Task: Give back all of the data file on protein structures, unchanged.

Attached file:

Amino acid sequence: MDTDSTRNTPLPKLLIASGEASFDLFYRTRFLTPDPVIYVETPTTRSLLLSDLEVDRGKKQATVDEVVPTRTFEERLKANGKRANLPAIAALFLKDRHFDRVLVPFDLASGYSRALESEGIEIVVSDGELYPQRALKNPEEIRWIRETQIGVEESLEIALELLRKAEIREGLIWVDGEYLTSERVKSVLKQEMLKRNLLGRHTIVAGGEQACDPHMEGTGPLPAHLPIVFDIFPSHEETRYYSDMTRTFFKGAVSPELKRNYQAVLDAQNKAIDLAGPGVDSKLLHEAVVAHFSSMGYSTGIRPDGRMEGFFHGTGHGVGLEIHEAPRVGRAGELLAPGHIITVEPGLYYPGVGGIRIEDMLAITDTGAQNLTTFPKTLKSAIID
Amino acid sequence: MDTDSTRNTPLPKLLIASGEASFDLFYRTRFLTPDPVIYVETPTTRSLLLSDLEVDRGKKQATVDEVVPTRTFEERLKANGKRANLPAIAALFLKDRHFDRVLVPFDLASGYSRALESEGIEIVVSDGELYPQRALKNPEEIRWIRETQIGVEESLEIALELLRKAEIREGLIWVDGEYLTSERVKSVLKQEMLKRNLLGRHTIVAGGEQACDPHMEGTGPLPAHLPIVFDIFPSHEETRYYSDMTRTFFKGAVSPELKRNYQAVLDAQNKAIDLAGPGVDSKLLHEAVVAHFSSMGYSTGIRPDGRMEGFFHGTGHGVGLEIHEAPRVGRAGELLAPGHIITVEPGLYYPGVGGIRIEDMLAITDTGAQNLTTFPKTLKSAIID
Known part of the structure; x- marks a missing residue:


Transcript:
Amino acid sequence: MDTDSTRNTPLPKLLIASGEASFDLFYRTRFLTPDPVIYVETPTTRSLLLSDLEVDRGKKQATVDEVVPTRTFEERLKANGKRANLPAIAALFLKDRHFDRVLVPFDLASGYSRALESEGIEIVVSDGELYPQRALKNPEEIRWIRETQIGVEESLEIALELLRKAEIREGLIWVDGEYLTSERVKSVLKQEMLKRNLLGRHTIVAGGEQACDPHMEGTGPLPAHLPIVFDIFPSHEETRYYSDMTRTFFKGAVSPELKRNYQAVLDAQNKAIDLAGPGVDSKLLHEAVVAHFSSMGYSTGIRPDGRMEGFFHGTGHGVGLEIHEAPRVGRAGELLAPGHIITVEPGLYYPGVGGIRIEDMLAITDTGAQNLTTFPKTLKSAIID
Amino acid sequence: MDTDSTRNTPLPKLLIASGEASFDLFYRTRFLTPDPVIYVETPTTRSLLLSDLEVDRGKKQATVDEVVPTRTFEERLKANGKRANLPAIAALFLKDRHFDRVLVPFDLASGYSRALESEGIEIVVSDGELYPQRALKNPEEIRWIRETQIGVEESLEIALELLRKAEIREGLIWVDGEYLTSERVKSVLKQEMLKRNLLGRHTIVAGGEQACDPHMEGTGPLPAHLPIVFDIFPSHEETRYYSDMTRTFFKGAVSPELKRNYQAVLDAQNKAIDLAGPGVDSKLLHEAVVAHFSSMGYSTGIRPDGRMEGFFHGTGHGVGLEIHEAPRVGRAGELLAPGHIITVEPGLYYPGVGGIRIEDMLAITDTGAQNLTTFPKTLKSAIID
Known part of the structure; x- marks a missing residue: